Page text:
In the United States, Donald Trump is taking aim at Islam, putting the faith front and center in a contentious presidential campaign. But across Europe, populist leaders are doing the same, pointing a finger of blame at Islam for threatening domestic cultures and security even as critics decry such statements as a serious threat to freedom of religion and minority rights.

Here’s what 10 conservative and far-right leaders have recently said about Islam:

Where: Germany.

Who: Alexander Gauland, deputy chairman of the Alternative for Germany party.

Alexander Gauland is pictured during a news conference in Berlin, Germany, March 14, 2016. (Wolfgang Rattay/Reuters)

What he said: “Islam is not a religion like Catholic or Protestant Christianity, but a faith linked intellectually with a takeover of the state. Therefore, the Islamization of Germany is a danger.”

Where: The Netherlands.

Who: Geert Wilders, founder and leader of the Party for Freedom.

Geert Wilders is seen prior to his trial, at Schiphol, Badhoevedorp, on March 18, 2016. (Remko de Waal /AFP/Getty)

What he said: “Recently thousands of Arab men sexually attacked, humiliated and raped hundreds of women. All women are fair game. I call the perpetrators ‘testosterone bombs.’ We have seen what they are capable of. It’s sexual terrorism. A sexual jihad. And it is happening all over Europe.”

Where: Czech Republic.

Who: Geert Wilders, deputy leader of the populist Usvit Party.

What he said: “We are threatened by the loss of our values and the introduction of the Koran. I don’t want to see the Prague Castle being blown up by some Muslims.”

Where: Slovakia.

Who: Prime Minister Robert Fico.

Slovakian Prime Minister Robert Fico, left, delivers a speech next to European Commission President Jean-Claude Juncker in Brussels on June 1, 2016.
(John Thys/AFP/Getty Images)

What he said: “Islam has no place in Slovakia.”

Where: Austria.

Who: Former Freedom Party presidential candidate Norbert Hofer.

Norbert Hofer addresses a news conference in Vienna, Austria, May 24, 2016. (Heinz-Peter Bader/Reuters)

What he said: “We must stop this invasion of Muslims.”

Where: Austria.

Who: Johann Gudenus, vice mayor of Vienna.

Johann Gudenus and Tajana Gudenus attend the The 61st Viennese Opera Ball at Waldorf Astoria Hotel on February 19, 2016, in New York City. (Brad Barket/Getty Images)

What he said: “The new fascism in Europe is Islamism.”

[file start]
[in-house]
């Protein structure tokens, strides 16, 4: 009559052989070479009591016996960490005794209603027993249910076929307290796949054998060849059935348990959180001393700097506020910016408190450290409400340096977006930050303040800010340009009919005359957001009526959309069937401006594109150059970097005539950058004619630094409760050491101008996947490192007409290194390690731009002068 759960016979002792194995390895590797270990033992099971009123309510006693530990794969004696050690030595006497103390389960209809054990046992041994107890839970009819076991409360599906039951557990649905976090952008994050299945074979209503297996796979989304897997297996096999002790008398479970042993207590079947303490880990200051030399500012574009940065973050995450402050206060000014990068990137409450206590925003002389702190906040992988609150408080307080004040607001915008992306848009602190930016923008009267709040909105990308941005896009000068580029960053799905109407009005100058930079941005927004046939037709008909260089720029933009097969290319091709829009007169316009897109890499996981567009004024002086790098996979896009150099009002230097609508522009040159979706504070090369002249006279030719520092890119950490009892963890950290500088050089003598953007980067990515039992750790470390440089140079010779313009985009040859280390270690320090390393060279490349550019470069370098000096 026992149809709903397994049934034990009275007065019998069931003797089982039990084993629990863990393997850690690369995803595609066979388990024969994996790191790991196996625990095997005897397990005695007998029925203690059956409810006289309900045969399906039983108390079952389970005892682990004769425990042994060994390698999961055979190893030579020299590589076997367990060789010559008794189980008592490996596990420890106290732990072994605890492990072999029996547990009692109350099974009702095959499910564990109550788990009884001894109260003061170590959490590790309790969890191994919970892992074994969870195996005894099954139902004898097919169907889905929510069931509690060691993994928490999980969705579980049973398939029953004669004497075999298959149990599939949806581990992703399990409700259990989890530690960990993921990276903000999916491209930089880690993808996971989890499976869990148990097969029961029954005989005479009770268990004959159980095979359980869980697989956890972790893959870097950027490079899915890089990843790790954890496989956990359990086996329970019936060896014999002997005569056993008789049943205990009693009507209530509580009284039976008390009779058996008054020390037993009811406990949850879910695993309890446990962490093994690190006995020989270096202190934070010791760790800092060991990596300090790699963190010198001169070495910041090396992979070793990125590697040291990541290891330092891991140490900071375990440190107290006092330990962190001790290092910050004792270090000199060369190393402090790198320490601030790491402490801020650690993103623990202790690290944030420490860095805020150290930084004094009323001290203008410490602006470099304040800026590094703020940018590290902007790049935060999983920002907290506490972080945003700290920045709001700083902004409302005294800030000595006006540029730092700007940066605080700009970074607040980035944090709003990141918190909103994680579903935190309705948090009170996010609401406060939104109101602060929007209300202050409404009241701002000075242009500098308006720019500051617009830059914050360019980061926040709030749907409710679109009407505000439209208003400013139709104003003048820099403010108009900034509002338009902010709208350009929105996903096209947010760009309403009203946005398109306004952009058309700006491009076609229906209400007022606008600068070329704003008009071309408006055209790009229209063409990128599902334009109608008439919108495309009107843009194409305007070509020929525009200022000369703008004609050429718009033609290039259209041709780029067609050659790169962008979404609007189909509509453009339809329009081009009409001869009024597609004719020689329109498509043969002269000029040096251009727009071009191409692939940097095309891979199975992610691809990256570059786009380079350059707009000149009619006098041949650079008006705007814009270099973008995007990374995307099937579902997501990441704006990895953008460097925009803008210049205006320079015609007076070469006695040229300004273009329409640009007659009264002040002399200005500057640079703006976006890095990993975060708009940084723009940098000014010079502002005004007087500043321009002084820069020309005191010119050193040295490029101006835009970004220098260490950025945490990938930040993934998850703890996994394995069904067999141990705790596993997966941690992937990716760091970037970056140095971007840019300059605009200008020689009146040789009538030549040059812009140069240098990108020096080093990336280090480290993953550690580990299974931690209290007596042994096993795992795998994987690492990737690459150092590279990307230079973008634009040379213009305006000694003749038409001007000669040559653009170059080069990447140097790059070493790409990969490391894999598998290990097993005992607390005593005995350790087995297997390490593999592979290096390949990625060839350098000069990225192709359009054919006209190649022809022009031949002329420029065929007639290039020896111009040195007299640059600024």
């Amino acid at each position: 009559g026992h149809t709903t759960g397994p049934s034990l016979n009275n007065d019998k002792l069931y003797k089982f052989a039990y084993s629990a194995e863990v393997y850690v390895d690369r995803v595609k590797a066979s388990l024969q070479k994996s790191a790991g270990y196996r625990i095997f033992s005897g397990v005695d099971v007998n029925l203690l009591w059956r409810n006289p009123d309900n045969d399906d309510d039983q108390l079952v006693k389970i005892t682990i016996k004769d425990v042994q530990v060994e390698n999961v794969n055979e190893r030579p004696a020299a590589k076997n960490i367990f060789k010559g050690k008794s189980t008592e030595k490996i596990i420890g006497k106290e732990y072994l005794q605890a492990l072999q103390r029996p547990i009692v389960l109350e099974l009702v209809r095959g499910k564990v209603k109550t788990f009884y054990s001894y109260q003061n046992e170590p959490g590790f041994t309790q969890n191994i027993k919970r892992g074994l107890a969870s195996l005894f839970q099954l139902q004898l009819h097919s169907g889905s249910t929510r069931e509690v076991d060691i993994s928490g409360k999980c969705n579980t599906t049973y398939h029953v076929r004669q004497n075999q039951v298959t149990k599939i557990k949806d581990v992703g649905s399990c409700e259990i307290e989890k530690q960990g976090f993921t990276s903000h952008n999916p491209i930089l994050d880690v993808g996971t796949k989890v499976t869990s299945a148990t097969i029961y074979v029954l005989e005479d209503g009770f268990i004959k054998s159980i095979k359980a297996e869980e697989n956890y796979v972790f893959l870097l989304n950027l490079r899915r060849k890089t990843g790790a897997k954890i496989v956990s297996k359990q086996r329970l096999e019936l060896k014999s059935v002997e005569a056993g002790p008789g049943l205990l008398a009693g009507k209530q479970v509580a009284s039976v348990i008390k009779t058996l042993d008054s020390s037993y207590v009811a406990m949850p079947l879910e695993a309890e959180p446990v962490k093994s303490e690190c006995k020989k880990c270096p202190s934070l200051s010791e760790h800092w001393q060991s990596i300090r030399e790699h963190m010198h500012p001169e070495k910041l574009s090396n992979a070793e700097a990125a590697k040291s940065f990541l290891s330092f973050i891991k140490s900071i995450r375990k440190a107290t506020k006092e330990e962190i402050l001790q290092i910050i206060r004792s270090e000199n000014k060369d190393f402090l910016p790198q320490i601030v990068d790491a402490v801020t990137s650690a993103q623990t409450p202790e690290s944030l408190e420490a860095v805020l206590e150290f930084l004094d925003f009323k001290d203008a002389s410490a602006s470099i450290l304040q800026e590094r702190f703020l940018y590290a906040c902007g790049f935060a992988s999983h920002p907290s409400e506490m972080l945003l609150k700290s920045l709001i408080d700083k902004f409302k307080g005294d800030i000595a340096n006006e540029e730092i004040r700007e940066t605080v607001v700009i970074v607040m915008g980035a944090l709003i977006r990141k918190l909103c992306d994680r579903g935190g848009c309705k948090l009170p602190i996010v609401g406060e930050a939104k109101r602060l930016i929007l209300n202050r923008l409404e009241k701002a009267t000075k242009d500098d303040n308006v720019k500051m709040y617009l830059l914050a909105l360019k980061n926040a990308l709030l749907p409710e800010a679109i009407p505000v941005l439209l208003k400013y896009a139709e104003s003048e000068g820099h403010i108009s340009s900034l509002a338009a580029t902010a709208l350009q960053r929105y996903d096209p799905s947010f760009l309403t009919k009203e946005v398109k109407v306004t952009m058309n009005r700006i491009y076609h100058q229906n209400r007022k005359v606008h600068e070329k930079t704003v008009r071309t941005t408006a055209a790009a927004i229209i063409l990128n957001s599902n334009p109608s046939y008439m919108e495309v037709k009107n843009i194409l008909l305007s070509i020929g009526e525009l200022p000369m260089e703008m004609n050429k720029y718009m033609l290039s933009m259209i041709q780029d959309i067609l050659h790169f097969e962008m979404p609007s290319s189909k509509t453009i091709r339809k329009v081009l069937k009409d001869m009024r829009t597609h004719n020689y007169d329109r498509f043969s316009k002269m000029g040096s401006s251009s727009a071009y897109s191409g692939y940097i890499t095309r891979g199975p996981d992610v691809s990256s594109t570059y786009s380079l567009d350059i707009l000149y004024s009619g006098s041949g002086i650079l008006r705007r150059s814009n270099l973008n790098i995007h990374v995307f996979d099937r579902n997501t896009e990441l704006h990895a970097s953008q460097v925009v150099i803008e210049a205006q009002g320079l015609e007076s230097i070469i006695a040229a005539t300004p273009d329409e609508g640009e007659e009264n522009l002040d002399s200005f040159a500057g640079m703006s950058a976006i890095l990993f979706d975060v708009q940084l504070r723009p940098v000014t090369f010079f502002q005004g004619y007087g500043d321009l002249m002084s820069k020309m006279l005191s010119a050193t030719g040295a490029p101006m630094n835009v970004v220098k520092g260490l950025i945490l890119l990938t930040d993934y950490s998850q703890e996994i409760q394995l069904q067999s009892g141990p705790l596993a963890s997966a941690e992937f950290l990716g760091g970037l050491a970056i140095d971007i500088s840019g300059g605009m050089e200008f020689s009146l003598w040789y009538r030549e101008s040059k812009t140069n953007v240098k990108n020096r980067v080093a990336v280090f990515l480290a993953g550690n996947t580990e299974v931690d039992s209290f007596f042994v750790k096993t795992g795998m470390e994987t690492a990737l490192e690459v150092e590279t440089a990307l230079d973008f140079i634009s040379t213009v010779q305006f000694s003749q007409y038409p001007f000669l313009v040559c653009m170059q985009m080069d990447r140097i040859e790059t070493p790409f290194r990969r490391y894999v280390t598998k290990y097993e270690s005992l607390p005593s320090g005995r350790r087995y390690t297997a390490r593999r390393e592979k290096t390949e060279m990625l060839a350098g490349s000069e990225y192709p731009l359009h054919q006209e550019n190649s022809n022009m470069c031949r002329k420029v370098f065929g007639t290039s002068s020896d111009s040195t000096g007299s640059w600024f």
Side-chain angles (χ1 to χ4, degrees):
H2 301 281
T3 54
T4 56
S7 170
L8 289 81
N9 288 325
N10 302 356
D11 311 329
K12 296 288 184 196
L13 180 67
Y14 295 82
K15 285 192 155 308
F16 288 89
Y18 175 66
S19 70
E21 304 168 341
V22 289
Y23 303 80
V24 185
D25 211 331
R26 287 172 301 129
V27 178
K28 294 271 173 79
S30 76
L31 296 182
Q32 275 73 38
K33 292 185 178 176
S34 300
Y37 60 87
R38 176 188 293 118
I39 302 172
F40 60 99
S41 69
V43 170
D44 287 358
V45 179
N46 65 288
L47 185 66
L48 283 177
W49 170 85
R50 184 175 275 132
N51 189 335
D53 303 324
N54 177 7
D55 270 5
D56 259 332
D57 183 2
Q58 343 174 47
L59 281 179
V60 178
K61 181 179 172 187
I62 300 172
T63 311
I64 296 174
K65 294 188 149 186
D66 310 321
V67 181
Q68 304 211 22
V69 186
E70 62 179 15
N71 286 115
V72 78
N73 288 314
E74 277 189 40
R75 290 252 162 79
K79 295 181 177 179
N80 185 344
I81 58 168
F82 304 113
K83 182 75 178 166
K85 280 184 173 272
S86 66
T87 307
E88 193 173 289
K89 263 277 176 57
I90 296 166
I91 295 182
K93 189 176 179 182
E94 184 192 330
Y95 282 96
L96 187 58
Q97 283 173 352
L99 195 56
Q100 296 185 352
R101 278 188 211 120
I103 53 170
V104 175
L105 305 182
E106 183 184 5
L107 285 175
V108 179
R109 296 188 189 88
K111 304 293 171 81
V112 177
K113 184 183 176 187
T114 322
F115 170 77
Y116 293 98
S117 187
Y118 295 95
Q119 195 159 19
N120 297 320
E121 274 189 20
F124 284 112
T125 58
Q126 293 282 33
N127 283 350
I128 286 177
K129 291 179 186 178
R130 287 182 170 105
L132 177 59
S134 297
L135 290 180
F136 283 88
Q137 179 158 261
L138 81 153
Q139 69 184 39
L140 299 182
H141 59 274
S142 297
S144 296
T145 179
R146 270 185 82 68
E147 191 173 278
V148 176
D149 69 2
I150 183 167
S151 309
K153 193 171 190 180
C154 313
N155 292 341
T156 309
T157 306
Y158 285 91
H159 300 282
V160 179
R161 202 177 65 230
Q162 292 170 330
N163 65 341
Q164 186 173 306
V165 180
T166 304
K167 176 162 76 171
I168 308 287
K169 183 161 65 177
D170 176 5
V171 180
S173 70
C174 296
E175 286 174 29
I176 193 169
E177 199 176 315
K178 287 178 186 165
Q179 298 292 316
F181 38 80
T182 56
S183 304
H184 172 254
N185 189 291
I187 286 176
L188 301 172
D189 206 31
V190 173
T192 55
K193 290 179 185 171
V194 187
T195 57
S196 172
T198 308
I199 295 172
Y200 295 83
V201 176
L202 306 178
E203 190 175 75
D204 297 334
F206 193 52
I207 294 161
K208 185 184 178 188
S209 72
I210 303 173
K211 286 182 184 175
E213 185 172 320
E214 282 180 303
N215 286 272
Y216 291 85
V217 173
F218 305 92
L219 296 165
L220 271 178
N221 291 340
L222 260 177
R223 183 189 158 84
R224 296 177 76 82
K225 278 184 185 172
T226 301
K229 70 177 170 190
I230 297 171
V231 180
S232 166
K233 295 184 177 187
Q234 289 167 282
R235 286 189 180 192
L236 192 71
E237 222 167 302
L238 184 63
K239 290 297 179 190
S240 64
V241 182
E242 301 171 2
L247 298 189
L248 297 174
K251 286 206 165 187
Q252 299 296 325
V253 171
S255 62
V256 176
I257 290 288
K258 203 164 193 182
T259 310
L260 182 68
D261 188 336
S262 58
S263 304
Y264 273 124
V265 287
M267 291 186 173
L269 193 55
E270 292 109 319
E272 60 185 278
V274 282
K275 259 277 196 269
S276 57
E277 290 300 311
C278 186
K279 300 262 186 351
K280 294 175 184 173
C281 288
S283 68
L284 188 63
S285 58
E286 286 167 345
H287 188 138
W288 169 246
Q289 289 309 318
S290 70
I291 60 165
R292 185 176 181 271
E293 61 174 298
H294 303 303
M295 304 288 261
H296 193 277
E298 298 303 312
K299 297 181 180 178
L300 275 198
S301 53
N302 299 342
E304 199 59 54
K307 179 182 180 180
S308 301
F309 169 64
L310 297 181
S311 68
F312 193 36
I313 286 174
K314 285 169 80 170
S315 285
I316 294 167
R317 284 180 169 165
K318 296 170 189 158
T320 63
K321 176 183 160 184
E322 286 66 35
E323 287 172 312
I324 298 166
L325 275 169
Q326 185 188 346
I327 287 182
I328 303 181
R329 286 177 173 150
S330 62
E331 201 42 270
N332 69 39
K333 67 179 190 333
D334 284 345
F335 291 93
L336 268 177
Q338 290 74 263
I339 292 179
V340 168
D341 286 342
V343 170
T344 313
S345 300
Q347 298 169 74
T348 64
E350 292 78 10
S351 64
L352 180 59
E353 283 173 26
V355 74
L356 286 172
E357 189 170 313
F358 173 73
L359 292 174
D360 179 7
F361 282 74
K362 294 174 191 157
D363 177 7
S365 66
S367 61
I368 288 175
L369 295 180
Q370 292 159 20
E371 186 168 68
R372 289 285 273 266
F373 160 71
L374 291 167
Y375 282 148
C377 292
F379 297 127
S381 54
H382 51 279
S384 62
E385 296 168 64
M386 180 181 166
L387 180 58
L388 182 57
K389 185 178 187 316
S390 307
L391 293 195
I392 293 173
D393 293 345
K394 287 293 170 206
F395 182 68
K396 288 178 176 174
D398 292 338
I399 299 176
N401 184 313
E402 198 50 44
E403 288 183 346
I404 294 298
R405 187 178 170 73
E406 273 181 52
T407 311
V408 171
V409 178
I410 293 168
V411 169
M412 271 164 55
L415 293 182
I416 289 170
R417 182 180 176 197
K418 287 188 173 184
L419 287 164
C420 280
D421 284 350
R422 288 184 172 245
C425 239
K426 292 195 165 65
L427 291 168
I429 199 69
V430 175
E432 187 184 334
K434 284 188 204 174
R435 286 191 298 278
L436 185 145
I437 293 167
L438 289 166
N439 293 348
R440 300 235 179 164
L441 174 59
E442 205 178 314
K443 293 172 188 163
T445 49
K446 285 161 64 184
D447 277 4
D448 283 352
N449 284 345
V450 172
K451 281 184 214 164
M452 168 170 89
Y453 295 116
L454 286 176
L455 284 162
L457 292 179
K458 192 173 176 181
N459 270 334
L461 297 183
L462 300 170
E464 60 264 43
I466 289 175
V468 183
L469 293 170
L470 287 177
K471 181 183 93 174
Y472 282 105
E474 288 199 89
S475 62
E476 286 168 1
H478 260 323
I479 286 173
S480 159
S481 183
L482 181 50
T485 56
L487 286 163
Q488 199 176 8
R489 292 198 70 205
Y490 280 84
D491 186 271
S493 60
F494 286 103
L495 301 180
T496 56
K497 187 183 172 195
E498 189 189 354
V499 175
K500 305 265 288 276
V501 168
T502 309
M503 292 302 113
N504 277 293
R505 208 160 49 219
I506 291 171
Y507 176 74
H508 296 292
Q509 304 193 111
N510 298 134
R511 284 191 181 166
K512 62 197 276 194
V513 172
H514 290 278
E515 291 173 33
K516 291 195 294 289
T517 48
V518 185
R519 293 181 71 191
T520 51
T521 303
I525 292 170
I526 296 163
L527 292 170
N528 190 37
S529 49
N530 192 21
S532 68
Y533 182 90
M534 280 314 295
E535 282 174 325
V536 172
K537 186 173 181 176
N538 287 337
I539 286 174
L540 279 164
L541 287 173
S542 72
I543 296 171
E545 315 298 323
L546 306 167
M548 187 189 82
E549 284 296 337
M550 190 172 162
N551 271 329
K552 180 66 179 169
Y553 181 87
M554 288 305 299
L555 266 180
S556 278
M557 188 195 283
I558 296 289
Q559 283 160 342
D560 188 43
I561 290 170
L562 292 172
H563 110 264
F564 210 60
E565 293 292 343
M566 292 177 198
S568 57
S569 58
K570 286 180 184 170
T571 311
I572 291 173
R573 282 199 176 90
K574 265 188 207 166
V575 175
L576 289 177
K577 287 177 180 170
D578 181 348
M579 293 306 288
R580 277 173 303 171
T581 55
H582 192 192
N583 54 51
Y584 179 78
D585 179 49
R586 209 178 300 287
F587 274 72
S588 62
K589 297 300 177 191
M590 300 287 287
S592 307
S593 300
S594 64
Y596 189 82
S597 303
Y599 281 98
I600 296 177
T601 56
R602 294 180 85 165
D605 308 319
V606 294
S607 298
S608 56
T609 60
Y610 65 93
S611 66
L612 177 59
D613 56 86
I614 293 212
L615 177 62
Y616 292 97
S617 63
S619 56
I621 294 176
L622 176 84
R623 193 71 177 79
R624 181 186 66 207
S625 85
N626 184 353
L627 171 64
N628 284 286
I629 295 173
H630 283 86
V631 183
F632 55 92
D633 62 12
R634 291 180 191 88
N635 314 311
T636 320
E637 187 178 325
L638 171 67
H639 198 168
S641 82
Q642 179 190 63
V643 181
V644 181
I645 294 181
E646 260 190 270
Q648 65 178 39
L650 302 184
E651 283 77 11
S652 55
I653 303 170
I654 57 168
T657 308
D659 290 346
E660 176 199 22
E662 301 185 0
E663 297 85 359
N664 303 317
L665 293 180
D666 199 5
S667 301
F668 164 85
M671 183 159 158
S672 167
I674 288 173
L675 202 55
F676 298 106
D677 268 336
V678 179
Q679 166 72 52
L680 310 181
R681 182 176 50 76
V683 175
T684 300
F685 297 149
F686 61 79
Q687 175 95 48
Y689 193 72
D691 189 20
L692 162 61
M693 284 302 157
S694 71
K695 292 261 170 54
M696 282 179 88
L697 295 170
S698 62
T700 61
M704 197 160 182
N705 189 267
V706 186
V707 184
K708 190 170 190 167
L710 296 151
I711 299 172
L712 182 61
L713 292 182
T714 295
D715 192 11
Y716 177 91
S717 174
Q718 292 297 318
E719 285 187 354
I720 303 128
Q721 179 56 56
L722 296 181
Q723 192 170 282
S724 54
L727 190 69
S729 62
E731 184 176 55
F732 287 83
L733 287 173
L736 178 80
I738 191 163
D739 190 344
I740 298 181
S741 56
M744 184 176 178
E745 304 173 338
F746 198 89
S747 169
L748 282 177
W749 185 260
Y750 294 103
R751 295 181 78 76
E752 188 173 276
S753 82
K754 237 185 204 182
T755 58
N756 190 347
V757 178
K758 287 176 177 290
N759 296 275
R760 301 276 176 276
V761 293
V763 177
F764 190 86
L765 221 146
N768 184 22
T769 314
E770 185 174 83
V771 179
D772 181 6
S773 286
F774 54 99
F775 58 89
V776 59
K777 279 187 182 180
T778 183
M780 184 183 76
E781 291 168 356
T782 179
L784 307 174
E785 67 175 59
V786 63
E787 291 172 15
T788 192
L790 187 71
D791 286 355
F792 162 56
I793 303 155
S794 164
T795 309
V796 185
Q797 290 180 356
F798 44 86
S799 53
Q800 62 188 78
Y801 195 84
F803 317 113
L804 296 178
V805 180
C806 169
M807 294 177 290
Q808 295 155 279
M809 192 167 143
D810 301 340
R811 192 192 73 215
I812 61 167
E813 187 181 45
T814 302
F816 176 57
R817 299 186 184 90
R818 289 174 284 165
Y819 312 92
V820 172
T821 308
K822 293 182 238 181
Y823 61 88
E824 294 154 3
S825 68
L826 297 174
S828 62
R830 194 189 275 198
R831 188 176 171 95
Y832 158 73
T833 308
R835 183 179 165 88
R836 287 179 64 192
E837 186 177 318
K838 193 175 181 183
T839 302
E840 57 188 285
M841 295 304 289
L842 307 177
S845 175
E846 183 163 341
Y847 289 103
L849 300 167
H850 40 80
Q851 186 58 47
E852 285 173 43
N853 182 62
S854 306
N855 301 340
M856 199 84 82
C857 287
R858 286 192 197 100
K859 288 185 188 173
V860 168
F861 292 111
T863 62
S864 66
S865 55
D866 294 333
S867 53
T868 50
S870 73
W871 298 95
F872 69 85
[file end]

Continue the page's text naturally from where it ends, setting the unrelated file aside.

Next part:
Where: France.

Who: Marine Le Pen, head of the National Front party.

Marine Le Pen arrives at the Elysee Presidential Palace for a meeting with French President Francois Hollande on November 15, 2015 in Paris, France. (Thierry Chesnot/Getty Images)

What she said: “We have to oppose all demands that aim to shatter secularism — demands for different clothes, demands for special food, demands for prayer rooms. Demands that create special rules that would allow Muslims to behave differently.”

Where: Hungary.

Who: Prime Minister Viktor Orban.

Hungarian Prime Minister Viktor Orban during a press conference in Vienna, Austria, 25 September 2015. (Georg Hochmuth/EPA)

What he said: “Islam was never part of Europe. It’s the rule book of another world.”

Where: Poland.

Who: Former prime minister Jaroslaw Kaczynski.

Former Polish Prime Minister Jaroslaw Kaczynski enters a booth before casting his ballot  during the legislative elections in Poland on October 25, 2015 in Warsaw. (Wojtek Radwanski/AFP/Getty Images)

What he said: While talking about the mostly Muslim migrants arriving in Europe, he quipped, “There are already signs of the emergence of very dangerous diseases which haven’t been seen in Europe for a long time: cholera on Greek islands; dysentery in Vienna; various types of parasites, protozoans, which aren’t dangerous in the organisms of these people but which could be dangerous here.”

Where: Italy.

Who: Matteo Salvini, federal secretary of the Northern League party.

Matteo Salvini speaks during a news conference on the day after the first round of Italy's municipal elections, in Milan, Italy, June 6, 2016. (Mourad Balti Touati/EPA)

What he said: When asked about the election of the first Muslim mayor of London, he replied, “For me it is a worrying sign. … I think of London itself, where there are already some abusive courts applying Islamic law.”

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